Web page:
When we execute the above code, it produces the following result:

Accessing R array elements

# Print the third row of the second matrix of the array.

print(result[3,,2])

# Print the element in the 1st row and 3rd column of the 1st matrix.

print(result[1,3,1])

# Print the 2nd Matrix.

print(result[,,2])

When we execute the above code, it produces the following result:

Accessing R array elements print code

Have you checked – Numeric and Character Functions in R

3. Manipulating R Array Elements

As the array is made up matrices in multiple dimensions, the operations on elements of an array are carried out by accessing elements of the matrices.

# Create two vectors of different lengths.

vector1 <- c(1,2,3)
vector2 <- c(3,4,5,6,7,8)

# Take these vectors as input to the array.

array1 <- array(c(vector1,vector2),dim = c(3,3,2))

# Create two vectors of different lengths.

vector3 <- c(3,2,1)
vector4 <- c(8,7,6,5,4,3)
array2 <- array(c(vector1,vector2),dim = c(3,3,2))

Code Display:

Manipulating R array elements

# create matrices from these arrays.

matrix1 <- array1[,,2]
matrix2 <- array2[,,2]

# Add the matrices.

result <- matrix1+matrix2
print(result)

When we execute the above code, it produces the following result:

Manipulating R array elements Output

Don’t forget to check the R Matrix Functions Tutorial

4. Calculations across R Array Elements

We will be using the apply()function for calculations in an array in R.

Syntax

apply(x, margin, fun)

Following is the description of the parameters used

  • x is an array.
  • a margin is the name of the dataset used.
  • fun is the function to be applied to the elements of the array.

For Example:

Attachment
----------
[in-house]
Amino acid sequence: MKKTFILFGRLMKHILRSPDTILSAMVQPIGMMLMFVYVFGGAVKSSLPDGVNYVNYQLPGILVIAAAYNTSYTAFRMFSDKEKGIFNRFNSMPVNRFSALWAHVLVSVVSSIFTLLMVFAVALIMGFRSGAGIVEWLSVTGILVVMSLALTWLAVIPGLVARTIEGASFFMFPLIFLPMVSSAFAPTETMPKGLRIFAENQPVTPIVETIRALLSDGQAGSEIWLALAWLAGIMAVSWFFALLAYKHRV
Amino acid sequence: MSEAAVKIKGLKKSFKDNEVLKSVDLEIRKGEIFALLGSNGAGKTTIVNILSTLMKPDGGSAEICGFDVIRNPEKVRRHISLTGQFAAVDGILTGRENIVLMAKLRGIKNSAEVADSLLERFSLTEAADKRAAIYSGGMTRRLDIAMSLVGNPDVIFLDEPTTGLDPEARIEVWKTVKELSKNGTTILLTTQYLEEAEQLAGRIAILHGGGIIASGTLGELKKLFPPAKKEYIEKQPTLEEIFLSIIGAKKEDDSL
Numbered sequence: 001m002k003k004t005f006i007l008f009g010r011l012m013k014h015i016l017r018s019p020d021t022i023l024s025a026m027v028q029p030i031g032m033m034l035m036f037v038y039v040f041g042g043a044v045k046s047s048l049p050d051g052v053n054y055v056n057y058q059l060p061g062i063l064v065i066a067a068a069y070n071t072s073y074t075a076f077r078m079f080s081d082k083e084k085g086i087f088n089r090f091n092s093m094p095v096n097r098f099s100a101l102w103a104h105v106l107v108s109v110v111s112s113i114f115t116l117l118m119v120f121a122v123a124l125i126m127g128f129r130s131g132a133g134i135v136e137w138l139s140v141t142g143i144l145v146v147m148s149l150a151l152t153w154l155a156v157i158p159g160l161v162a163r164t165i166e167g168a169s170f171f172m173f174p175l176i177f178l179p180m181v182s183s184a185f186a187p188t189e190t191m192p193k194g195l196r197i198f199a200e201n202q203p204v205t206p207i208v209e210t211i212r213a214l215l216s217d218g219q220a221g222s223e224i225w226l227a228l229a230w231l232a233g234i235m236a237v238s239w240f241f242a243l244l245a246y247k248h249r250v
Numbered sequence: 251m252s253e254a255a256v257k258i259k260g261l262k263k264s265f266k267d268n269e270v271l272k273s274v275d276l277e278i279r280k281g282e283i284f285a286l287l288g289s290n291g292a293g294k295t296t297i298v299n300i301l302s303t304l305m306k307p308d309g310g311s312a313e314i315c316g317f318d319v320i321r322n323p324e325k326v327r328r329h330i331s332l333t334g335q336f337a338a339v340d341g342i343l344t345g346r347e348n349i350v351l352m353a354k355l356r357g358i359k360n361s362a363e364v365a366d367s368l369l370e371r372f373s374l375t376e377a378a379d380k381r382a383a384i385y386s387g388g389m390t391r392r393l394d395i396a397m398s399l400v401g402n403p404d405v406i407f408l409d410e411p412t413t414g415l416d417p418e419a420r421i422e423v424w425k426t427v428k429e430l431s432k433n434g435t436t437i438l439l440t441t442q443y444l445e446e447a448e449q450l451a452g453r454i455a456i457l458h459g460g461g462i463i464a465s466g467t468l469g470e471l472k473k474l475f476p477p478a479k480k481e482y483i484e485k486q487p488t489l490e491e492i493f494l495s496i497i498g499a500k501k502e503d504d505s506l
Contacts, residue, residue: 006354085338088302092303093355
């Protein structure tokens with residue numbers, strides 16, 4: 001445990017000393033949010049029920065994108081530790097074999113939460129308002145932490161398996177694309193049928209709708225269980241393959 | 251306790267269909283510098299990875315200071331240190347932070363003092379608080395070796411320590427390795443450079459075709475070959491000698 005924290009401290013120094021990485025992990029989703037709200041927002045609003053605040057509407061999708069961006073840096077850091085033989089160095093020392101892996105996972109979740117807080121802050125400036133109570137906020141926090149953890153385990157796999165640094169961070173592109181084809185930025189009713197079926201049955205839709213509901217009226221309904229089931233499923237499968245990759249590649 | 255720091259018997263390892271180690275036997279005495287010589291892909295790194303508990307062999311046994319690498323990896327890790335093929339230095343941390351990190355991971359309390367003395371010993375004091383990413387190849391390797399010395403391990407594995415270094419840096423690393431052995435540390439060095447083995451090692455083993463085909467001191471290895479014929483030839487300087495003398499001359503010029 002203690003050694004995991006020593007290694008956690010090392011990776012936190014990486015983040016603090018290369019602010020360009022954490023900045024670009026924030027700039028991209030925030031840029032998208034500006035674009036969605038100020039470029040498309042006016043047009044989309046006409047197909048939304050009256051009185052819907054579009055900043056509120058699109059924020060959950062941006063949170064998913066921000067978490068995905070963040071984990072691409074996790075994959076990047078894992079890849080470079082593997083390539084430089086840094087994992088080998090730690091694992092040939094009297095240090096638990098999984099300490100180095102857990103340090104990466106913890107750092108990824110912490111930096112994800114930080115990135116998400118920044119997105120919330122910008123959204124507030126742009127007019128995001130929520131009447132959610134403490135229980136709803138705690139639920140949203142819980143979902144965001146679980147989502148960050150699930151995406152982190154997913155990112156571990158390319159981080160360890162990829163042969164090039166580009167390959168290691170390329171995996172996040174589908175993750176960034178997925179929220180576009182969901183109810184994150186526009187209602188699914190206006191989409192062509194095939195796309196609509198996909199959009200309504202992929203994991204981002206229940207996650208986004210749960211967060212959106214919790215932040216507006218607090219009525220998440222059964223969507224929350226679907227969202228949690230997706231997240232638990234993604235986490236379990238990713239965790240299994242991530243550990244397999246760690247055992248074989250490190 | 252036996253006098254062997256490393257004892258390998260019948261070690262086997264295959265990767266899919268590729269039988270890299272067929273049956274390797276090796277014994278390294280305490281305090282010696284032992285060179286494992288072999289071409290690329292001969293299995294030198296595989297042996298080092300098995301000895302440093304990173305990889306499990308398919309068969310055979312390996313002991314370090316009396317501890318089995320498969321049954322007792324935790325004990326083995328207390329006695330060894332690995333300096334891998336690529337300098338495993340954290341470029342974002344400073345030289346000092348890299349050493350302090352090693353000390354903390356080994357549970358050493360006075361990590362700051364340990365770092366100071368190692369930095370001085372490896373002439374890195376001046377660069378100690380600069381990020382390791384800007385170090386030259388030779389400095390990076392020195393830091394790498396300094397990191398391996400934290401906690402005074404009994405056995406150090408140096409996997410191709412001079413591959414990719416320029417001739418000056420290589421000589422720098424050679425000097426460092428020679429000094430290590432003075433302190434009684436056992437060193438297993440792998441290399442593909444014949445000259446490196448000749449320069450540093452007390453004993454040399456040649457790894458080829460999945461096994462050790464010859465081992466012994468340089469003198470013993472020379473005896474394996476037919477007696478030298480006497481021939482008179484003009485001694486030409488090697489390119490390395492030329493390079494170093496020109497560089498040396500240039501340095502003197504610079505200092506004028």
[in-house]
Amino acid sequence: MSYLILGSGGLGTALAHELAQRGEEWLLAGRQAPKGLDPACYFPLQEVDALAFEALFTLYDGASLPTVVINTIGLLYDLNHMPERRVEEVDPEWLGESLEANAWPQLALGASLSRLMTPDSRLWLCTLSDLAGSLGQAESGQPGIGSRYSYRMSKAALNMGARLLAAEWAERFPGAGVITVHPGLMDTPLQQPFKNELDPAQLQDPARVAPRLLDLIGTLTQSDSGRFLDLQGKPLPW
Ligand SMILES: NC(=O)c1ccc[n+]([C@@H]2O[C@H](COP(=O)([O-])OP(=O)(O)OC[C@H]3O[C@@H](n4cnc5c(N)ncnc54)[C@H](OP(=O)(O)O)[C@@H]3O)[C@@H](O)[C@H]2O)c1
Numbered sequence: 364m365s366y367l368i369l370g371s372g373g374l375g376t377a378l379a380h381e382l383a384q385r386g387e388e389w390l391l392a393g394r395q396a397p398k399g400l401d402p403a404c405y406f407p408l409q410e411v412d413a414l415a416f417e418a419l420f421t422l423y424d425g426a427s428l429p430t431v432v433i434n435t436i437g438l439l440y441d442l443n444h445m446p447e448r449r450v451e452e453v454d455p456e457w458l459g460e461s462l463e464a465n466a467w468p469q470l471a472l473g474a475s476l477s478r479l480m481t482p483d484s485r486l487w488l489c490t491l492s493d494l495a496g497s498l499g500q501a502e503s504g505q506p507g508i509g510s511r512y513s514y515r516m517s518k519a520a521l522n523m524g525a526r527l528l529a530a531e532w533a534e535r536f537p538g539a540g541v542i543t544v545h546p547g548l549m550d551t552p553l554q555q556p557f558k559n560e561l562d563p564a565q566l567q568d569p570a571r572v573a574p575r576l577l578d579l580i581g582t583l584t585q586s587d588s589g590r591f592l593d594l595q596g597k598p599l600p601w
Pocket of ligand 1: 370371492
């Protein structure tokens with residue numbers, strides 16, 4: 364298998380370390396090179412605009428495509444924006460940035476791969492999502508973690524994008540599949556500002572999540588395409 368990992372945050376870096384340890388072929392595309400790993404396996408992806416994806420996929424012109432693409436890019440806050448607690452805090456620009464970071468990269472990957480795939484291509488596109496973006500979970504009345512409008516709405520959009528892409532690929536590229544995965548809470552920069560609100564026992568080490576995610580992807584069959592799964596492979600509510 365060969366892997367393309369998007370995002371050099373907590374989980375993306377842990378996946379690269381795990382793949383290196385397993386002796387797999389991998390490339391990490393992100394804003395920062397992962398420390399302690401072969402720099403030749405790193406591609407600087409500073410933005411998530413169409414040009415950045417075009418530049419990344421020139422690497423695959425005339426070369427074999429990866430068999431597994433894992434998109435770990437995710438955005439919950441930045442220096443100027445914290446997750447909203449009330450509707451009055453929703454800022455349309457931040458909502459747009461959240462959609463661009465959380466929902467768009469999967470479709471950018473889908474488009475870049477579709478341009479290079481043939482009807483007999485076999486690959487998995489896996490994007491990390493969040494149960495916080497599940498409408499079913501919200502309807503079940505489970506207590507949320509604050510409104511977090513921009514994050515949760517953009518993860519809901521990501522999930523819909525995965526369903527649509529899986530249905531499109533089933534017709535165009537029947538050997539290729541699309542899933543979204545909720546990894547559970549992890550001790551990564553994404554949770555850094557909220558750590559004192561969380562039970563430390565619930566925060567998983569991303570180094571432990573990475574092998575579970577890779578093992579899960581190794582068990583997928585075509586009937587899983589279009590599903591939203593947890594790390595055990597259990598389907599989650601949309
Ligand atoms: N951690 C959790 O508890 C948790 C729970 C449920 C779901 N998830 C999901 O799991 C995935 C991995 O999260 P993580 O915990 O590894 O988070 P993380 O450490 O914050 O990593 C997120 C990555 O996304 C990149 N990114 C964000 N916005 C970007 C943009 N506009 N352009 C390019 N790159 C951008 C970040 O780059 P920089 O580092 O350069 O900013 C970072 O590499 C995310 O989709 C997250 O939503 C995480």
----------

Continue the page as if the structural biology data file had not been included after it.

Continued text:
We use the apply() function below in different ways. To calculate the sum of the elements in the rows of an array across all the matrices.

# We will create two vectors of different lengths.

vector1 <- c(1,2,3)
vector2 <- c(3,4,5,6,7,8)

# Now, we will take these vectors as input to the array.

new.array <- array(c(vector1,vector2),dim = c(3,3,2))
print(new.array)

# Use apply to calculate the sum of the rows across all the matrices.

result <- apply(new.array, c(1), sum)
print(result)

When we execute the above code, it produces the following result:

Calculation across R array elements Output

Summary

We have studied arrays in R in a detailed manner with an example for a clear understanding of it. We can use the R array in daily life too. Also, we have learned different R array operations which will help you out with the concept of its applications.

Time to check your knowledge of R with the R Programming Online Quiz.

2 Responses

  1. Nidhi says:

    hi
    can you pls explain usage of apply function with arguments like what is does in thia example:
    result<-apply(new.array,c(1),sum)
    what is the function of c(1) here

    • Shivangi says:

      Hey,nidhi use of c(1)-
      MARGIN is a variable defining how the function is applied: when MARGIN=1 , it applies over rows, whereas with MARGIN=2 , it works over columns. Note that when you use the construct MARGIN=c(1,2) , it applies to both rows and columns; and. FUN , which is the function that you want to apply to the data